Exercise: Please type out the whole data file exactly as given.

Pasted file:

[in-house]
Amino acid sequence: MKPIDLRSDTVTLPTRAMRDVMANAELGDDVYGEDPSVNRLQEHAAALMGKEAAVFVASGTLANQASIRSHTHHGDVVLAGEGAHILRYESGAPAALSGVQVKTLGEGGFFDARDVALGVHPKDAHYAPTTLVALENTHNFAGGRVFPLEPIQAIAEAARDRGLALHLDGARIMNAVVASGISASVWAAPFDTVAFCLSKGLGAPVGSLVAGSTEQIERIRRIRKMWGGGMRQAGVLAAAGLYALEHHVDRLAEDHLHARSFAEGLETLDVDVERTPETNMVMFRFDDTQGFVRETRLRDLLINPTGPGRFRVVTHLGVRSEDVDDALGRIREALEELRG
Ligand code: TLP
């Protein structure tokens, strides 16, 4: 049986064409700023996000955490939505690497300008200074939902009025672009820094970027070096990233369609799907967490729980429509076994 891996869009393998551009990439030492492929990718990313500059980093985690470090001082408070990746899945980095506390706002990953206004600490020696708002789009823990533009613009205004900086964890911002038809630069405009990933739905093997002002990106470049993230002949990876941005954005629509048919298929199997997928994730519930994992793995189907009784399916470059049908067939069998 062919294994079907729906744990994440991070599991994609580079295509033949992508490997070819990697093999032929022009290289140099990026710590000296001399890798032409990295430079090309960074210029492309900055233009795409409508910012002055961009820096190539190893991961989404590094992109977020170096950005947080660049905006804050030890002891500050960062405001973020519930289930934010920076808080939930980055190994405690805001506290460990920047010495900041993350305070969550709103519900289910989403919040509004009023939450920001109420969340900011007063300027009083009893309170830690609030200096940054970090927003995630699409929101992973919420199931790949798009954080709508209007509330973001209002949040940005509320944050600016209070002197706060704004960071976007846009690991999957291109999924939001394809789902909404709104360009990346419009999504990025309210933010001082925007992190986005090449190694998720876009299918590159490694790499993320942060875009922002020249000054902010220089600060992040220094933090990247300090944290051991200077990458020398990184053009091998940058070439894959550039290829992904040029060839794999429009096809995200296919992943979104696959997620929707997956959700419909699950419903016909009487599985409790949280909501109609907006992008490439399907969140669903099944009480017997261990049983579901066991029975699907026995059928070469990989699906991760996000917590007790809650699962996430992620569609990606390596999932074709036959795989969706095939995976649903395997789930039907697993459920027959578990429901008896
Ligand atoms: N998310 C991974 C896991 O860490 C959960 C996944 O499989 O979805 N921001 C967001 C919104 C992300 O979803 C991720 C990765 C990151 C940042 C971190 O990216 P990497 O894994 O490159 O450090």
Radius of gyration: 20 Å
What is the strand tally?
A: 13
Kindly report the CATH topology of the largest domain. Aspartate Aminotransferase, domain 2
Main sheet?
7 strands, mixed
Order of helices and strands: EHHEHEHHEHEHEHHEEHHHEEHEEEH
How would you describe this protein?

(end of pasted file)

[in-house]
Amino acid sequence: MKPIDLRSDTVTLPTRAMRDVMANAELGDDVYGEDPSVNRLQEHAAALMGKEAAVFVASGTLANQASIRSHTHHGDVVLAGEGAHILRYESGAPAALSGVQVKTLGEGGFFDARDVALGVHPKDAHYAPTTLVALENTHNFAGGRVFPLEPIQAIAEAARDRGLALHLDGARIMNAVVASGISASVWAAPFDTVAFCLSKGLGAPVGSLVAGSTEQIERIRRIRKMWGGGMRQAGVLAAAGLYALEHHVDRLAEDHLHARSFAEGLETLDVDVERTPETNMVMFRFDDTQGFVRETRLRDLLINPTGPGRFRVVTHLGVRSEDVDDALGRIREALEELRG
Ligand code: TLP
């Protein structure tokens, strides 16, 4: 049986064409700023996000955490939505690497300008200074939902009025672009820094970027070096990233369609799907967490729980429509076994 891996869009393998551009990439030492492929990718990313500059980093985690470090001082408070990746899945980095506390706002990953206004600490020696708002789009823990533009613009205004900086964890911002038809630069405009990933739905093997002002990106470049993230002949990876941005954005629509048919298929199997997928994730519930994992793995189907009784399916470059049908067939069998 062919294994079907729906744990994440991070599991994609580079295509033949992508490997070819990697093999032929022009290289140099990026710590000296001399890798032409990295430079090309960074210029492309900055233009795409409508910012002055961009820096190539190893991961989404590094992109977020170096950005947080660049905006804050030890002891500050960062405001973020519930289930934010920076808080939930980055190994405690805001506290460990920047010495900041993350305070969550709103519900289910989403919040509004009023939450920001109420969340900011007063300027009083009893309170830690609030200096940054970090927003995630699409929101992973919420199931790949798009954080709508209007509330973001209002949040940005509320944050600016209070002197706060704004960071976007846009690991999957291109999924939001394809789902909404709104360009990346419009999504990025309210933010001082925007992190986005090449190694998720876009299918590159490694790499993320942060875009922002020249000054902010220089600060992040220094933090990247300090944290051991200077990458020398990184053009091998940058070439894959550039290829992904040029060839794999429009096809995200296919992943979104696959997620929707997956959700419909699950419903016909009487599985409790949280909501109609907006992008490439399907969140669903099944009480017997261990049983579901066991029975699907026995059928070469990989699906991760996000917590007790809650699962996430992620569609990606390596999932074709036959795989969706095939995976649903395997789930039907697993459920027959578990429901008896
Ligand atoms: N998310 C991974 C896991 O860490 C959960 C996944 O499989 O979805 N921001 C967001 C919104 C992300 O979803 C991720 C990765 C990151 C940042 C971190 O990216 P990497 O894994 O490159 O450090």
Radius of gyration: 20 Å
What is the strand tally?
A: 13
Kindly report the CATH topology of the largest domain. Aspartate Aminotransferase, domain 2
Main sheet?
7 strands, mixed
Order of helices and strands: EHHEHEHHEHEHEHHEEHHHEEHEEEH
How would you describe this protein?